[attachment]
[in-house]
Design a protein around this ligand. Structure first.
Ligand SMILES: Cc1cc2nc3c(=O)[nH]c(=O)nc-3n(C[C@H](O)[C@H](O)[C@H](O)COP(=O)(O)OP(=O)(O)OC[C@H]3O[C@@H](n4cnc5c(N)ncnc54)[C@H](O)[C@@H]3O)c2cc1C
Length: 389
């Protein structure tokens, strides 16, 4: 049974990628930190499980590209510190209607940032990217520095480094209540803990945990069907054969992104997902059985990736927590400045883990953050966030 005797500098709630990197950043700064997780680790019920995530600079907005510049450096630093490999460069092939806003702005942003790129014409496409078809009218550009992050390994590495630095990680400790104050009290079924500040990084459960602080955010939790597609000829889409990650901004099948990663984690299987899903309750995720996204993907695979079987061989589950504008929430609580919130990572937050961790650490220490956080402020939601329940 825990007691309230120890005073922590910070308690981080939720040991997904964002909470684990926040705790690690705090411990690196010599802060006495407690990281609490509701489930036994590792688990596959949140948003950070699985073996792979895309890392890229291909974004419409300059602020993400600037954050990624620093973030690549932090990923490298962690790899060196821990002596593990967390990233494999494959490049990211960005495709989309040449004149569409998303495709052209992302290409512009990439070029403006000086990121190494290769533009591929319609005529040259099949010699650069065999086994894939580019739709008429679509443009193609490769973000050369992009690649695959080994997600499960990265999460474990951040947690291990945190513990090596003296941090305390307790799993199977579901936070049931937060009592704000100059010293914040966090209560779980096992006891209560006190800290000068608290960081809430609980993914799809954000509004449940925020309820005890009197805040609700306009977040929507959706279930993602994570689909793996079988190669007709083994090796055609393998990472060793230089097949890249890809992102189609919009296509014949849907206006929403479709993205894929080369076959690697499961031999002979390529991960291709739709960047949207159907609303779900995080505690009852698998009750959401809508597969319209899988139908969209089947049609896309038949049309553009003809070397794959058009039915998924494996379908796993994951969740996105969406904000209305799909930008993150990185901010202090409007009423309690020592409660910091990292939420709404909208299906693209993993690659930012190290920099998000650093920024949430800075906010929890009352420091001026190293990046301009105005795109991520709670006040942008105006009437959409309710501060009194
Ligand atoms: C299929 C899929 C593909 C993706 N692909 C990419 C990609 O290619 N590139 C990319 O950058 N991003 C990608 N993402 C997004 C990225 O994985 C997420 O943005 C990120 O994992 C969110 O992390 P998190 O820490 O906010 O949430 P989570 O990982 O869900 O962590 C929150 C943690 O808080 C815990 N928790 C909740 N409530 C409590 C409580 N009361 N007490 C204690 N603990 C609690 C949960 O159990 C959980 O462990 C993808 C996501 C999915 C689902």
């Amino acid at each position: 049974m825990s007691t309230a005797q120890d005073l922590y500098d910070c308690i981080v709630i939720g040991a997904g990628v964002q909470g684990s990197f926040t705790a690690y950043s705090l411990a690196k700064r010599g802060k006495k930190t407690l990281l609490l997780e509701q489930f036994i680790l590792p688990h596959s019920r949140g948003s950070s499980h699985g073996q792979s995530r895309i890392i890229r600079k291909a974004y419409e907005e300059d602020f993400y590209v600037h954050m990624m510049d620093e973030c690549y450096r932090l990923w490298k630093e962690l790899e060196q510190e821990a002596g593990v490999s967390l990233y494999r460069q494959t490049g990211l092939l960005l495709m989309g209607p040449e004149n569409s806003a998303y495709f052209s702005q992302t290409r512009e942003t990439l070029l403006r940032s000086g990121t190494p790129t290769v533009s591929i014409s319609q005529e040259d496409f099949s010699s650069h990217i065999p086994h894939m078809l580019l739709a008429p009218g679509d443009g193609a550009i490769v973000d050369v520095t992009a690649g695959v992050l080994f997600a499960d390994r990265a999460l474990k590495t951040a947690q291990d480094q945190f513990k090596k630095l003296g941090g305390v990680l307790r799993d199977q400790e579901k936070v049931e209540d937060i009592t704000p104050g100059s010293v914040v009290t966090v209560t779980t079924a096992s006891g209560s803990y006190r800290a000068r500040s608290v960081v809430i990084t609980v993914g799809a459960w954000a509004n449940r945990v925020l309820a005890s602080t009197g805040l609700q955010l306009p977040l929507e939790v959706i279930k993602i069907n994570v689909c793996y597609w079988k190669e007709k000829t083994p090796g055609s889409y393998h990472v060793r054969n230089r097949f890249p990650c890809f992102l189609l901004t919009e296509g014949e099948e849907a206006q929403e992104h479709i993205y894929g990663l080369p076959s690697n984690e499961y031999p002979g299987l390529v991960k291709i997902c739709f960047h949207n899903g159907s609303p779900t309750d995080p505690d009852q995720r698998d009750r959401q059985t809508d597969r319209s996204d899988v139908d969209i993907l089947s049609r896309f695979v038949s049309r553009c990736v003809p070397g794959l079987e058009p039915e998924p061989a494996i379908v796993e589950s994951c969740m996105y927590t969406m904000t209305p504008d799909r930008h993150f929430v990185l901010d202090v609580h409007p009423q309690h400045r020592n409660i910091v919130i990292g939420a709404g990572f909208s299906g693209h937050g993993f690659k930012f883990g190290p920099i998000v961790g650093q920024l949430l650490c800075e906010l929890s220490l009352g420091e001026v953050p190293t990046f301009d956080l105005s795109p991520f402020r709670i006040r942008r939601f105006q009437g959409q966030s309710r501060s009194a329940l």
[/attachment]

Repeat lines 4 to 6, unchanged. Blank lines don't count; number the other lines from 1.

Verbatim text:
Length: 389
């Protein structure tokens, strides 16, 4: 049974990628930190499980590209510190209607940032990217520095480094209540803990945990069907054969992104997902059985990736927590400045883990953050966030 005797500098709630990197950043700064997780680790019920995530600079907005510049450096630093490999460069092939806003702005942003790129014409496409078809009218550009992050390994590495630095990680400790104050009290079924500040990084459960602080955010939790597609000829889409990650901004099948990663984690299987899903309750995720996204993907695979079987061989589950504008929430609580919130990572937050961790650490220490956080402020939601329940 825990007691309230120890005073922590910070308690981080939720040991997904964002909470684990926040705790690690705090411990690196010599802060006495407690990281609490509701489930036994590792688990596959949140948003950070699985073996792979895309890392890229291909974004419409300059602020993400600037954050990624620093973030690549932090990923490298962690790899060196821990002596593990967390990233494999494959490049990211960005495709989309040449004149569409998303495709052209992302290409512009990439070029403006000086990121190494290769533009591929319609005529040259099949010699650069065999086994894939580019739709008429679509443009193609490769973000050369992009690649695959080994997600499960990265999460474990951040947690291990945190513990090596003296941090305390307790799993199977579901936070049931937060009592704000100059010293914040966090209560779980096992006891209560006190800290000068608290960081809430609980993914799809954000509004449940925020309820005890009197805040609700306009977040929507959706279930993602994570689909793996079988190669007709083994090796055609393998990472060793230089097949890249890809992102189609919009296509014949849907206006929403479709993205894929080369076959690697499961031999002979390529991960291709739709960047949207159907609303779900995080505690009852698998009750959401809508597969319209899988139908969209089947049609896309038949049309553009003809070397794959058009039915998924494996379908796993994951969740996105969406904000209305799909930008993150990185901010202090409007009423309690020592409660910091990292939420709404909208299906693209993993690659930012190290920099998000650093920024949430800075906010929890009352420091001026190293990046301009105005795109991520709670006040942008105006009437959409309710501060009194
Ligand atoms: C299929 C899929 C593909 C993706 N692909 C990419 C990609 O290619 N590139 C990319 O950058 N991003 C990608 N993402 C997004 C990225 O994985 C997420 O943005 C990120 O994992 C969110 O992390 P998190 O820490 O906010 O949430 P989570 O990982 O869900 O962590 C929150 C943690 O808080 C815990 N928790 C909740 N409530 C409590 C409580 N009361 N007490 C204690 N603990 C609690 C949960 O159990 C959980 O462990 C993808 C996501 C999915 C689902």